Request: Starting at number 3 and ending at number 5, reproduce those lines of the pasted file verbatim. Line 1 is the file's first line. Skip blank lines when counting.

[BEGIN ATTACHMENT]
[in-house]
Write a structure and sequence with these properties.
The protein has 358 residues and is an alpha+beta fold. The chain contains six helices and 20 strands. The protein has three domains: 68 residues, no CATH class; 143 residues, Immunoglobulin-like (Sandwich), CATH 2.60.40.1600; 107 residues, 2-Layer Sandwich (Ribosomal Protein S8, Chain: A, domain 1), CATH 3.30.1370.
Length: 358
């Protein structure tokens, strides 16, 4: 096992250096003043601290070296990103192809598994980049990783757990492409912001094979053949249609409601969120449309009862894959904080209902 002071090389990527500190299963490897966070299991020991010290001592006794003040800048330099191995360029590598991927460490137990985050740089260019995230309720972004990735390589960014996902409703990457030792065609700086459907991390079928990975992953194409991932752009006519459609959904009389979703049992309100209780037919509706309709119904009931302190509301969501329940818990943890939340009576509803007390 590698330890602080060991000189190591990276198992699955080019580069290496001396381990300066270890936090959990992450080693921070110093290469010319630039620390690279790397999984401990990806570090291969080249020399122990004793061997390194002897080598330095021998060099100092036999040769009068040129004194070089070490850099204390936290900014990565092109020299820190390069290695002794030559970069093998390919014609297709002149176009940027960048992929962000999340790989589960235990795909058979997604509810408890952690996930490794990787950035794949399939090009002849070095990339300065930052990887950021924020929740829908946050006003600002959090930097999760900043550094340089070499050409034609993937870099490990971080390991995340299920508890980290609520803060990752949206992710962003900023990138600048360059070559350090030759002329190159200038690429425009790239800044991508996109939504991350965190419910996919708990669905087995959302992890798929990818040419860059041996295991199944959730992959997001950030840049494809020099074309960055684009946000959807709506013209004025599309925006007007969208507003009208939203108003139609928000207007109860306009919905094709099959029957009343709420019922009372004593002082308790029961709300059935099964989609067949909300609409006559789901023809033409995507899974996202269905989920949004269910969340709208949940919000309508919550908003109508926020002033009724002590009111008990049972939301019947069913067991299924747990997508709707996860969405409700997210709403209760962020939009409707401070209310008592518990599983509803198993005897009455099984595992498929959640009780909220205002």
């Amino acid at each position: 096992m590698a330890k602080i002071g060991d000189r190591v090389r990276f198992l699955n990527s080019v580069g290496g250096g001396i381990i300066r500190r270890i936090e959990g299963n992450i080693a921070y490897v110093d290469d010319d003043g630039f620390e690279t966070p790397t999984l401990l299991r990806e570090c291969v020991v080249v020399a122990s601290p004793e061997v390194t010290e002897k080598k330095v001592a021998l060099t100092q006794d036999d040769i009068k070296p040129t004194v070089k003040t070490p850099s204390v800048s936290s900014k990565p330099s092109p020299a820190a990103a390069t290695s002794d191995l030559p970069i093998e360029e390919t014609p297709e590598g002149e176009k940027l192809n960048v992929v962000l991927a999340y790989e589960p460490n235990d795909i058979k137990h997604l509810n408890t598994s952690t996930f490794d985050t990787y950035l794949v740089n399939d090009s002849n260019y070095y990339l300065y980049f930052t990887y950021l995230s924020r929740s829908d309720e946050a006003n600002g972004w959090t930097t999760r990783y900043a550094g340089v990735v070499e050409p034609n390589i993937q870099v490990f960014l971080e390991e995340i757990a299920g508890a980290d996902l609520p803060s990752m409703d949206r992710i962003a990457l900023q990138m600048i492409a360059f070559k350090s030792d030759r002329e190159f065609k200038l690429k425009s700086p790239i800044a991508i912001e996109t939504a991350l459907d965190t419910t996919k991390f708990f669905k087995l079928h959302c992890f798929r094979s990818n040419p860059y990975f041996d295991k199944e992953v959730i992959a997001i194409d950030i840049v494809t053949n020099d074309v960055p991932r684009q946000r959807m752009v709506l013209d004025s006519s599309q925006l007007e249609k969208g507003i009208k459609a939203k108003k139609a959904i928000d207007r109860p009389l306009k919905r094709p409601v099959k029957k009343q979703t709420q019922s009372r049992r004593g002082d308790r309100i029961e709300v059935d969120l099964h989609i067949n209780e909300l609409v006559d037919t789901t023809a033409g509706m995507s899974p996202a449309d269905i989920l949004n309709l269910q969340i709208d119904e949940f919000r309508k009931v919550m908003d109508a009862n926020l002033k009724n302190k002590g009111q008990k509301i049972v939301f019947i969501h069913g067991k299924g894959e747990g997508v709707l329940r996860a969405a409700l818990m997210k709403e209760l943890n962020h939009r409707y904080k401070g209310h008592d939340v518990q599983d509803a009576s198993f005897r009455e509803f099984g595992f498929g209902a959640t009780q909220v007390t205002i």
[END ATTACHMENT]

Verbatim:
The protein has 358 residues and is an alpha+beta fold. The chain contains six helices and 20 strands. The protein has three domains: 68 residues, no CATH class; 143 residues, Immunoglobulin-like (Sandwich), CATH 2.60.40.1600; 107 residues, 2-Layer Sandwich (Ribosomal Protein S8, Chain: A, domain 1), CATH 3.30.1370.
Length: 358
């Protein structure tokens, strides 16, 4: 096992250096003043601290070296990103192809598994980049990783757990492409912001094979053949249609409601969120449309009862894959904080209902 002071090389990527500190299963490897966070299991020991010290001592006794003040800048330099191995360029590598991927460490137990985050740089260019995230309720972004990735390589960014996902409703990457030792065609700086459907991390079928990975992953194409991932752009006519459609959904009389979703049992309100209780037919509706309709119904009931302190509301969501329940818990943890939340009576509803007390 590698330890602080060991000189190591990276198992699955080019580069290496001396381990300066270890936090959990992450080693921070110093290469010319630039620390690279790397999984401990990806570090291969080249020399122990004793061997390194002897080598330095021998060099100092036999040769009068040129004194070089070490850099204390936290900014990565092109020299820190390069290695002794030559970069093998390919014609297709002149176009940027960048992929962000999340790989589960235990795909058979997604509810408890952690996930490794990787950035794949399939090009002849070095990339300065930052990887950021924020929740829908946050006003600002959090930097999760900043550094340089070499050409034609993937870099490990971080390991995340299920508890980290609520803060990752949206992710962003900023990138600048360059070559350090030759002329190159200038690429425009790239800044991508996109939504991350965190419910996919708990669905087995959302992890798929990818040419860059041996295991199944959730992959997001950030840049494809020099074309960055684009946000959807709506013209004025599309925006007007969208507003009208939203108003139609928000207007109860306009919905094709099959029957009343709420019922009372004593002082308790029961709300059935099964989609067949909300609409006559789901023809033409995507899974996202269905989920949004269910969340709208949940919000309508919550908003109508926020002033009724002590009111008990049972939301019947069913067991299924747990997508709707996860969405409700997210709403209760962020939009409707401070209310008592518990599983509803198993005897009455099984595992498929959640009780909220205002």